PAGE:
The Garden Where Nothing Grows

Tata: I’ve been weighing my compost, which is just quirky enough that I thought I should mention it.
Daria: What? Yes…
Tata: It’s unscientific because the scale belongs to Ted, the tenant who is also Mom’s chiropractor and who is wrong about everything, and the scale cannot be calibrated.
Daria: What do you mean he’s wrong about everything?
Tata: We go to Wegman’s and buy vegetables that cost a fortune and when we see him at the house he says, “Oh! Wegman’s! Everything’s so cheap there!” And let me tell you, he’s got some very stinky ideas about women.
Daria: He’s a good chiropractor, though. Mom says he really helps her.
Tata: Yeah. So weighing the compost is like performance art with broken numbers and an audience of mushy pineapple.

In the space of four days, I took outside 5.09 pounds of compostable material. That included two cardboard egg cartons I shredded by hand while I was steaming mad about Ted’s generic bitter pronouncements about the nature of male-female relations. The pieces are very tiny. They’ll turn into something useful a lot sooner than Ted’s bullshit will.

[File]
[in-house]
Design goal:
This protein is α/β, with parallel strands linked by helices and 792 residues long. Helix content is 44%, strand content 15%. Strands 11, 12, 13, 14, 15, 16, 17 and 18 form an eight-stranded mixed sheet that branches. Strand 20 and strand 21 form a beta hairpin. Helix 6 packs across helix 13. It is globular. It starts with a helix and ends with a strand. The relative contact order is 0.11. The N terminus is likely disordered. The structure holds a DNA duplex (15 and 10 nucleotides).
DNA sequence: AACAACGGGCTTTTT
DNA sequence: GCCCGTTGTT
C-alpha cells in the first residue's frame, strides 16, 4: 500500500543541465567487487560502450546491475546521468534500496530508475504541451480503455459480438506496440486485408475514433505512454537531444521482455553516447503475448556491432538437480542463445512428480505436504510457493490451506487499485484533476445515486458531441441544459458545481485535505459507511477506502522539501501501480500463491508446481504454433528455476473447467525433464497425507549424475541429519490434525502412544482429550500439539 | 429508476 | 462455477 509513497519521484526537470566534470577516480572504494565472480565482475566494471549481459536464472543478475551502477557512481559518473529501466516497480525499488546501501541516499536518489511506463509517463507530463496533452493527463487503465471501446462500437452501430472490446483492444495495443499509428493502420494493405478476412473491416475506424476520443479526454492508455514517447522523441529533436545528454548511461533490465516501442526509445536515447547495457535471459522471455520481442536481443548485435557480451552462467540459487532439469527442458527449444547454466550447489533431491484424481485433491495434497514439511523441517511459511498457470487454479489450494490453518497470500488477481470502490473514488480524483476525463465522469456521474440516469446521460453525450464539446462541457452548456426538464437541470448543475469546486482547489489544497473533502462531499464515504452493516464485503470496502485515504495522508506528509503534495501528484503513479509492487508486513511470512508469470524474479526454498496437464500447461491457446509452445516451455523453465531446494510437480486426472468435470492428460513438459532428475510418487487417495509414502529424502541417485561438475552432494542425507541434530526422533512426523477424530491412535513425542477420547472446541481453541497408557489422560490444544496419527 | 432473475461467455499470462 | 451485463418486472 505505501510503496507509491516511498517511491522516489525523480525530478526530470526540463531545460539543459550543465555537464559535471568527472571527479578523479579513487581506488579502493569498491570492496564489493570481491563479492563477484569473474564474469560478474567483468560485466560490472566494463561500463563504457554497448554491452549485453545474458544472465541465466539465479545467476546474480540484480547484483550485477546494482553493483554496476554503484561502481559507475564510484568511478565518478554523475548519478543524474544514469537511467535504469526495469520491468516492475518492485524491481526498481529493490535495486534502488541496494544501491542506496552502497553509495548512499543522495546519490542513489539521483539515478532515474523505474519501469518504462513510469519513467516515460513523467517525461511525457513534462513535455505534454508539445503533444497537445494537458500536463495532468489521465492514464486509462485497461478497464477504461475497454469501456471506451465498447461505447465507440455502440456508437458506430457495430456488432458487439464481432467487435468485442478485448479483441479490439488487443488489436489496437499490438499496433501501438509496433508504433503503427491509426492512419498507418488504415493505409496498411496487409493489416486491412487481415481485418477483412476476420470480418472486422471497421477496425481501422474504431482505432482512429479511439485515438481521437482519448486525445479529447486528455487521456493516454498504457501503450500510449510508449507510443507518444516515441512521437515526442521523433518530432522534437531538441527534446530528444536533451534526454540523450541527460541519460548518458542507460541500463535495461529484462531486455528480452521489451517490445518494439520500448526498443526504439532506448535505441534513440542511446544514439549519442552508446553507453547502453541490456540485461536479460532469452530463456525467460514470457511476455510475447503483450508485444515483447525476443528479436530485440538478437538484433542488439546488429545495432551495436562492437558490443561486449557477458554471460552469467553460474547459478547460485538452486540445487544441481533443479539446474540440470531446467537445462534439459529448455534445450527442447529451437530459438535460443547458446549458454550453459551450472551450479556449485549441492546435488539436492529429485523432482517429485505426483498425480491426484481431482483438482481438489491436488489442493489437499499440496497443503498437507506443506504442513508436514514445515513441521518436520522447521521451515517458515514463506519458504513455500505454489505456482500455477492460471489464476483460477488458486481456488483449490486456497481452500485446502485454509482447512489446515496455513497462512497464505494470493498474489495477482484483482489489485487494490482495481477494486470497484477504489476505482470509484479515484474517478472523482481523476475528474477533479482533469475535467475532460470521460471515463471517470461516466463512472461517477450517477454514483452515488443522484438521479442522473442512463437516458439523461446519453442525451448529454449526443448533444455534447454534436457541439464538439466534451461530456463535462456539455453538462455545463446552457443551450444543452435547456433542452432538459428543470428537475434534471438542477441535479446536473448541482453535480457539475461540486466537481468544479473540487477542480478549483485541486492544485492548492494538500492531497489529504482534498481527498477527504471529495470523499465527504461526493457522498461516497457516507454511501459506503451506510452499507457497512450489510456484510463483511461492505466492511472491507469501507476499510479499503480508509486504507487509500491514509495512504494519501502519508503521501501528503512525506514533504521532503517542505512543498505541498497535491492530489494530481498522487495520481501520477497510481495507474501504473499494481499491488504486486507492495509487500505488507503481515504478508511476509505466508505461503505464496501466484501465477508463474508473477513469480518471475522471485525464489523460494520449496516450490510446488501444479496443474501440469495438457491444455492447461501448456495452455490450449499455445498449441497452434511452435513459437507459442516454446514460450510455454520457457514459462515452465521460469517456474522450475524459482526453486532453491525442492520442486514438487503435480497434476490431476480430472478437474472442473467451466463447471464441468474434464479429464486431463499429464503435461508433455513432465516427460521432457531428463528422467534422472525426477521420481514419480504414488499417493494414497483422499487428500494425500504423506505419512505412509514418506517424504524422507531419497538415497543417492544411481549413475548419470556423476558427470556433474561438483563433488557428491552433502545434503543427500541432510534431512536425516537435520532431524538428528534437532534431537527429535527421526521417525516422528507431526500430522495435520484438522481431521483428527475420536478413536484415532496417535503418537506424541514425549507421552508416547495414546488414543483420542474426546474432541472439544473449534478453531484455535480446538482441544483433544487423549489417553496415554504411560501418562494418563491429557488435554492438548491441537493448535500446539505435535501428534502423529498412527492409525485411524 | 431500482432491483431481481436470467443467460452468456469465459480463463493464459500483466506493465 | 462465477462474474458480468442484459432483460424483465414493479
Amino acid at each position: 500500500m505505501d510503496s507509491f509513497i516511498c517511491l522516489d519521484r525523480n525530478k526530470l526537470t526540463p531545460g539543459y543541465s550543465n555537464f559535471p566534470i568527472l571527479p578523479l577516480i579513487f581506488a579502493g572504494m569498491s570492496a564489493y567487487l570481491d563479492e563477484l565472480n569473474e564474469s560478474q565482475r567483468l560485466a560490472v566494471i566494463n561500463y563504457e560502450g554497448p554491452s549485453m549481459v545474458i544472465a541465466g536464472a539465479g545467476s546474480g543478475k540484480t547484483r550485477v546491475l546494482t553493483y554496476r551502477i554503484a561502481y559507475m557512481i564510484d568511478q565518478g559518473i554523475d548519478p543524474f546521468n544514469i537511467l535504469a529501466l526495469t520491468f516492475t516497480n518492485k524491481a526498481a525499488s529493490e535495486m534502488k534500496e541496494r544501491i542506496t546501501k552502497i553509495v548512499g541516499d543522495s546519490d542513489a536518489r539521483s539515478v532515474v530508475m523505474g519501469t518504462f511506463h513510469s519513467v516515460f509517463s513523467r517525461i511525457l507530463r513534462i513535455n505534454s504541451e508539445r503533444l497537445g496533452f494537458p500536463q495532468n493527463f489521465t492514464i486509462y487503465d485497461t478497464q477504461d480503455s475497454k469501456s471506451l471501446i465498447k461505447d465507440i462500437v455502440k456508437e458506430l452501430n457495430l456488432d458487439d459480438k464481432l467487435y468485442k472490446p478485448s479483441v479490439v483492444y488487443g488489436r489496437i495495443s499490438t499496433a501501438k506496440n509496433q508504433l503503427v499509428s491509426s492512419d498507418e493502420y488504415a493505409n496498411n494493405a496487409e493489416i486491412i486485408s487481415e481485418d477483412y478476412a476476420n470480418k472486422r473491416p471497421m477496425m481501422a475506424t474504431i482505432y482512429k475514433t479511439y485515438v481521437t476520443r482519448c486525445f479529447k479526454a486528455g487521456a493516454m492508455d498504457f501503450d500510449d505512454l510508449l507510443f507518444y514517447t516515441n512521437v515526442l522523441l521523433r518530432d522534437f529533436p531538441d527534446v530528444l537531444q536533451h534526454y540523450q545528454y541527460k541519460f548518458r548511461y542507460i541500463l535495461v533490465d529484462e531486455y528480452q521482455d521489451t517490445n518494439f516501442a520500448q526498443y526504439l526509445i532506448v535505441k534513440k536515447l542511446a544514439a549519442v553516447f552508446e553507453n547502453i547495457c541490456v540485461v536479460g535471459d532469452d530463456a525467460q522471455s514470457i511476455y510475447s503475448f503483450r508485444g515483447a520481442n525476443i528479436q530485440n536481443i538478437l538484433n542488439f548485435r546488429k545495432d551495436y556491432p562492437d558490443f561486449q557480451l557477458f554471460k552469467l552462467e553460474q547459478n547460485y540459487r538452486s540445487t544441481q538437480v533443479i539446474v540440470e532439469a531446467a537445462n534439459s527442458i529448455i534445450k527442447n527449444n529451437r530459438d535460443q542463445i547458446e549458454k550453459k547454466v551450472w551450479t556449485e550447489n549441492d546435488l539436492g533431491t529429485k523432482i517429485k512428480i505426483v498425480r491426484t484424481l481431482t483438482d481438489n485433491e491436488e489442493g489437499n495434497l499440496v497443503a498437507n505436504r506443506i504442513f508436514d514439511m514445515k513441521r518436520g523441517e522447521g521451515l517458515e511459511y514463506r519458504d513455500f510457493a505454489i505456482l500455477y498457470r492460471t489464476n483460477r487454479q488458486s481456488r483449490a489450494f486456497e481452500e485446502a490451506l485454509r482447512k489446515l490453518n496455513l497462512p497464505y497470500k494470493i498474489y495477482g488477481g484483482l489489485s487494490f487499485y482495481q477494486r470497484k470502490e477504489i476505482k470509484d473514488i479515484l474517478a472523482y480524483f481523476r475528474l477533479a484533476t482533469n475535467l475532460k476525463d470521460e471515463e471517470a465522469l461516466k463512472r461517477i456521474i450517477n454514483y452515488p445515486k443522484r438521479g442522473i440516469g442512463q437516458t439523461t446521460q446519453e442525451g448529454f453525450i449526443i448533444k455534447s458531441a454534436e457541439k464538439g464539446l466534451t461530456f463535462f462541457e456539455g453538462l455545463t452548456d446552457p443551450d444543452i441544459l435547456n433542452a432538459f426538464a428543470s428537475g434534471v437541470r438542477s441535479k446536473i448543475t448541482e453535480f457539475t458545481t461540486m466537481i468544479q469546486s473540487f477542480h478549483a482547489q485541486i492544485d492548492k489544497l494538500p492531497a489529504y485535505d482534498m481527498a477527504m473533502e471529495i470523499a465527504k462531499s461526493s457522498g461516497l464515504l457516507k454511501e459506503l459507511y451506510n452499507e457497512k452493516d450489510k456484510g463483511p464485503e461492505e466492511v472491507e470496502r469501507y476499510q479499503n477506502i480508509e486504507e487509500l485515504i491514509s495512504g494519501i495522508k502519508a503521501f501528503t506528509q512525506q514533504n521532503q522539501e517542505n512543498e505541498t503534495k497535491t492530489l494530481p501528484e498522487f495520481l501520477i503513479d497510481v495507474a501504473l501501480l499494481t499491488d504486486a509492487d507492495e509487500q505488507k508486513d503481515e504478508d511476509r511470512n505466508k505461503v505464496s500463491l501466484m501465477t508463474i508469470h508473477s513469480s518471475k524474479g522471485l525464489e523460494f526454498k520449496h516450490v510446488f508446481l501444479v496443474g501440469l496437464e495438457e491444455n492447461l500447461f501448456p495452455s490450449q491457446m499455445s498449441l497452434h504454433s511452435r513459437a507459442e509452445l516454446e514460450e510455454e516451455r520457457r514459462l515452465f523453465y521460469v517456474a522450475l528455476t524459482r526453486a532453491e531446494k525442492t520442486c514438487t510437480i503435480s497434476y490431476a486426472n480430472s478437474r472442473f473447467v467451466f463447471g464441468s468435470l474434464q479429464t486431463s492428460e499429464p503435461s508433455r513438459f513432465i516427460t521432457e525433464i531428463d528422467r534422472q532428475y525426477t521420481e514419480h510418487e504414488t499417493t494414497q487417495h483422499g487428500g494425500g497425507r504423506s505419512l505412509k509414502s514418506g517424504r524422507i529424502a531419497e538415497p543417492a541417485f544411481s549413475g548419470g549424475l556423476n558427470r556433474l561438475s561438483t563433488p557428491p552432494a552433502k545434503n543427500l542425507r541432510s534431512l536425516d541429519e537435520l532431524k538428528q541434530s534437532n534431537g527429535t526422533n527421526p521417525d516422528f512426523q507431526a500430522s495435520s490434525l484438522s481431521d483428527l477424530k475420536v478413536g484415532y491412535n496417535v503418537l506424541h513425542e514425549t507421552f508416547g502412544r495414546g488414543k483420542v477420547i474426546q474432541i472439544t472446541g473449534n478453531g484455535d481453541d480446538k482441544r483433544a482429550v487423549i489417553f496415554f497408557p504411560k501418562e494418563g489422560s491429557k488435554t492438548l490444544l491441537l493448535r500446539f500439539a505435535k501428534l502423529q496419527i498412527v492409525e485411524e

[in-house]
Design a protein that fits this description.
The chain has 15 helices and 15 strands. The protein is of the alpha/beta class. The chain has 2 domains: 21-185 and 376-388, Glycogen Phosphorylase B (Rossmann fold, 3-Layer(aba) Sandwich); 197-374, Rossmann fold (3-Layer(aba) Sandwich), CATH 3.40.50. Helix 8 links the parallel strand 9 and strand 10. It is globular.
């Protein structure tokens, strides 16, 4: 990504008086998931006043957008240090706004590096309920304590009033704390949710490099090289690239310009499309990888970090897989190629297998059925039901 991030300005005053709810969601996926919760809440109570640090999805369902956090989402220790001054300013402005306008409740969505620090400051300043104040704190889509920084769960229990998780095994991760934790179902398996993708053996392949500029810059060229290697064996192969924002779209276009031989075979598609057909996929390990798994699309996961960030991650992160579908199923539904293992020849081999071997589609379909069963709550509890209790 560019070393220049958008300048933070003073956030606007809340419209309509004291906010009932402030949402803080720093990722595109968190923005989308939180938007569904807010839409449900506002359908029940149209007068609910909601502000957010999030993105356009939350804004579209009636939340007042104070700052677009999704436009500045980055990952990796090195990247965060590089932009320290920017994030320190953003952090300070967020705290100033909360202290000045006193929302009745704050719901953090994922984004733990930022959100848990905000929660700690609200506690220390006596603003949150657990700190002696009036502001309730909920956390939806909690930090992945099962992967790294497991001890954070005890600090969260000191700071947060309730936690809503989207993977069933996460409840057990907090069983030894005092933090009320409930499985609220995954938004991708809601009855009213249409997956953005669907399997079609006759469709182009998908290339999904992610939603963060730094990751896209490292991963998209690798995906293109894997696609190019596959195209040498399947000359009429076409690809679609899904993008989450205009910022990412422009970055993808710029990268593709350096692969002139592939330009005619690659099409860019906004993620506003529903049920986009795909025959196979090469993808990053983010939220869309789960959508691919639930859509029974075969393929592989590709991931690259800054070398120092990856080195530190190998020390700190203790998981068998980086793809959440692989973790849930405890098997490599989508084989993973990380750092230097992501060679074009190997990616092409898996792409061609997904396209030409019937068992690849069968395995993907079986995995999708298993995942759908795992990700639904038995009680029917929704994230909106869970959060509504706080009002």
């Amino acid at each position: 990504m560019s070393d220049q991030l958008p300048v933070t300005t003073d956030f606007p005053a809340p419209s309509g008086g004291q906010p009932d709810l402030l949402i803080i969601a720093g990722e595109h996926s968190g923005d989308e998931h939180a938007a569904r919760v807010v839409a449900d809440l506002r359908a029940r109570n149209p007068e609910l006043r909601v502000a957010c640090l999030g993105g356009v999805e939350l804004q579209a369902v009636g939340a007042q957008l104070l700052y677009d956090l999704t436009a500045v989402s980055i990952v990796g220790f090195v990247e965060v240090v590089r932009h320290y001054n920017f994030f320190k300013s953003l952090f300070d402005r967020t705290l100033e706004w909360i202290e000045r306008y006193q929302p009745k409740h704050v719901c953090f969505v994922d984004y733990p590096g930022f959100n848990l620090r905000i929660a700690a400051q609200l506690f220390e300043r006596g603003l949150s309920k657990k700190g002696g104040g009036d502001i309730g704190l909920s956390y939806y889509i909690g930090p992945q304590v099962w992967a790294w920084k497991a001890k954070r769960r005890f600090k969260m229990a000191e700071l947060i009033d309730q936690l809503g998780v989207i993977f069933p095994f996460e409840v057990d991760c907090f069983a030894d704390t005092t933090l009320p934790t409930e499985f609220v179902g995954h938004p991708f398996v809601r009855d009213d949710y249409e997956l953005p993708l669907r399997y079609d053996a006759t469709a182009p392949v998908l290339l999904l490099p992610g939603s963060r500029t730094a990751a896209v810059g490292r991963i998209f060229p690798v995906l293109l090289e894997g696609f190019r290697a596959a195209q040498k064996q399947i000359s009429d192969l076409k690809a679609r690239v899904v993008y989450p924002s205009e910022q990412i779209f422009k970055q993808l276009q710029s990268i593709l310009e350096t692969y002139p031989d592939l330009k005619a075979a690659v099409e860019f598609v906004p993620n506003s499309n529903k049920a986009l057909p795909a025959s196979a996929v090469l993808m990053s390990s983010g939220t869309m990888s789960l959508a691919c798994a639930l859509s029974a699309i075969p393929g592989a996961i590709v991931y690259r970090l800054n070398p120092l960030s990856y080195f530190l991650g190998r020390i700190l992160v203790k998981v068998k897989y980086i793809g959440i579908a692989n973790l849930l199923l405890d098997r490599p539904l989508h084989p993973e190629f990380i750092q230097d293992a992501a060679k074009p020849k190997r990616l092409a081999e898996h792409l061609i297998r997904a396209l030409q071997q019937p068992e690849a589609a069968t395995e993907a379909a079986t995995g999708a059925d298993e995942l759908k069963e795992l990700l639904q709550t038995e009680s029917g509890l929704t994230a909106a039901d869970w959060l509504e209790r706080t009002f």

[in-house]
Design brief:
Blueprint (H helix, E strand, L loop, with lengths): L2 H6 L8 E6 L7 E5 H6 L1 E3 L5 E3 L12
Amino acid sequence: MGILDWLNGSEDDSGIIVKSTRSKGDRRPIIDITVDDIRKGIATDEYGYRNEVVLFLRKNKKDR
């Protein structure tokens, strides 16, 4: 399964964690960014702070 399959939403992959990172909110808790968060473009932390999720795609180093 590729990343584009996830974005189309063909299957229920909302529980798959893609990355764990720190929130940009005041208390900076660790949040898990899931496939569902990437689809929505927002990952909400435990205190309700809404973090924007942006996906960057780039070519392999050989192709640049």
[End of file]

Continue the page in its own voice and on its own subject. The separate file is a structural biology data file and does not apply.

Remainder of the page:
The giant kitten, whose name this week is Lulu, is very pushy. She wants our attention a lot of the time, she wants the good scratchy-scratchy nails and she’s first to the food bowl, which is working Topaz’s last nerve. Working Pete’s is finding cat yak all over the place. “Whoa!” he says, “Help!” It doesn’t stink, so clean up is easy for me, but the downside is: it doesn’t stink, so sometimes we don’t find it right away. Last night, the kitten lay between us on the couch as we watched TV, then went off on some urgent kitten business. Some time later, I noticed she’d left us a surprise. A pile of cat yak between us. Surprise! We both sat there for a moment, staring, because neither of us heard, saw or smelled a cat tossing her waffles between us on the couch, so it was impossible for it to be there. It was so impossible, Pete couldn’t see it for a moment because the colors of the regurgitated cat food matched the Mexican blanket on the couch, which was a thoughtful touch on the kitten’s part, really.

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